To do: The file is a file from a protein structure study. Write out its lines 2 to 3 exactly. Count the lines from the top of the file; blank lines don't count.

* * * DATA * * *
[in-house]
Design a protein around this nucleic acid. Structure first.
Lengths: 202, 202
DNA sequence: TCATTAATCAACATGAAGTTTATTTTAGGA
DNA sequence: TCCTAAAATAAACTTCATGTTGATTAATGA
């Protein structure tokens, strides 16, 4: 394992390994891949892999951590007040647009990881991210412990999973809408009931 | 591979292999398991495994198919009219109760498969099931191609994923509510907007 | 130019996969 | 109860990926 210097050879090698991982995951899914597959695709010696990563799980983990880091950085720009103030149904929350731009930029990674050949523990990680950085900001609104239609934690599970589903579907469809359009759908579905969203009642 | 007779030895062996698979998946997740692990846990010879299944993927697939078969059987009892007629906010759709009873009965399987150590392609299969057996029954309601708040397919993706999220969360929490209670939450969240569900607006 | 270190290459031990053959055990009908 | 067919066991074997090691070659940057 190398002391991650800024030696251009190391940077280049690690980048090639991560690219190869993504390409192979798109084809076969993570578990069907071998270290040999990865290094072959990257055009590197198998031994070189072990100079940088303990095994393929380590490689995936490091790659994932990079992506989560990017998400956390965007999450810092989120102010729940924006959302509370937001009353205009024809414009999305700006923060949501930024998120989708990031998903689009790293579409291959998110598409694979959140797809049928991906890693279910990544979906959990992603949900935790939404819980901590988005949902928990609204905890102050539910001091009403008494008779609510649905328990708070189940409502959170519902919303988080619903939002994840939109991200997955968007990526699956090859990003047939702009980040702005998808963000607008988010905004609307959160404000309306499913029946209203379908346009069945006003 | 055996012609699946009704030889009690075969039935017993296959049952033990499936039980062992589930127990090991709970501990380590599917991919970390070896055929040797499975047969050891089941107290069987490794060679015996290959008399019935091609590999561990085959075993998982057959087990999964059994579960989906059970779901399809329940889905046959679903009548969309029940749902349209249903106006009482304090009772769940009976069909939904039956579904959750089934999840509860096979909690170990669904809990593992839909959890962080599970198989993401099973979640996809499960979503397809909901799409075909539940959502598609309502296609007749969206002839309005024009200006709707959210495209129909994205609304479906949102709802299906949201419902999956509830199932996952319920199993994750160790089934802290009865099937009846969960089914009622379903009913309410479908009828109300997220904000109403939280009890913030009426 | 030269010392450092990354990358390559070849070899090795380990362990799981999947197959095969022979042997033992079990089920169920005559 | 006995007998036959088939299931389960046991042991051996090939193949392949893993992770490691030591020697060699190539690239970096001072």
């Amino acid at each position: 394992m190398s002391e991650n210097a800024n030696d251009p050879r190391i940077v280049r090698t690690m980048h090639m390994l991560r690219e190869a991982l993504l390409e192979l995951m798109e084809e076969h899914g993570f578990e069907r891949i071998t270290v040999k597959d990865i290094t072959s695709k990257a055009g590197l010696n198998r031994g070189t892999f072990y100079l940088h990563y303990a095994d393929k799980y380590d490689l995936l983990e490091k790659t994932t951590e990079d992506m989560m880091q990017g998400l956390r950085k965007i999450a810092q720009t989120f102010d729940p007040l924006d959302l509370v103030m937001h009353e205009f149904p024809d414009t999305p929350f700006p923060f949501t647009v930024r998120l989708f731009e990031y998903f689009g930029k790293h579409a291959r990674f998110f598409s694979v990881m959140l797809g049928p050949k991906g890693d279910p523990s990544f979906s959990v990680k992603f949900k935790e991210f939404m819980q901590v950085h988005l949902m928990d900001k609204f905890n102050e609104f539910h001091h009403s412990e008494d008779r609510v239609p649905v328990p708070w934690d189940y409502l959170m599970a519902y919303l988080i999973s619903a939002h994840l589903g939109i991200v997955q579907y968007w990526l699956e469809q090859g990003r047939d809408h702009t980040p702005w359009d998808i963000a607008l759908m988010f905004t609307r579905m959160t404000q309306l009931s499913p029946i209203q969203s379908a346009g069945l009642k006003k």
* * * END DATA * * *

Design a protein around this nucleic acid. Structure first.
Lengths: 202, 202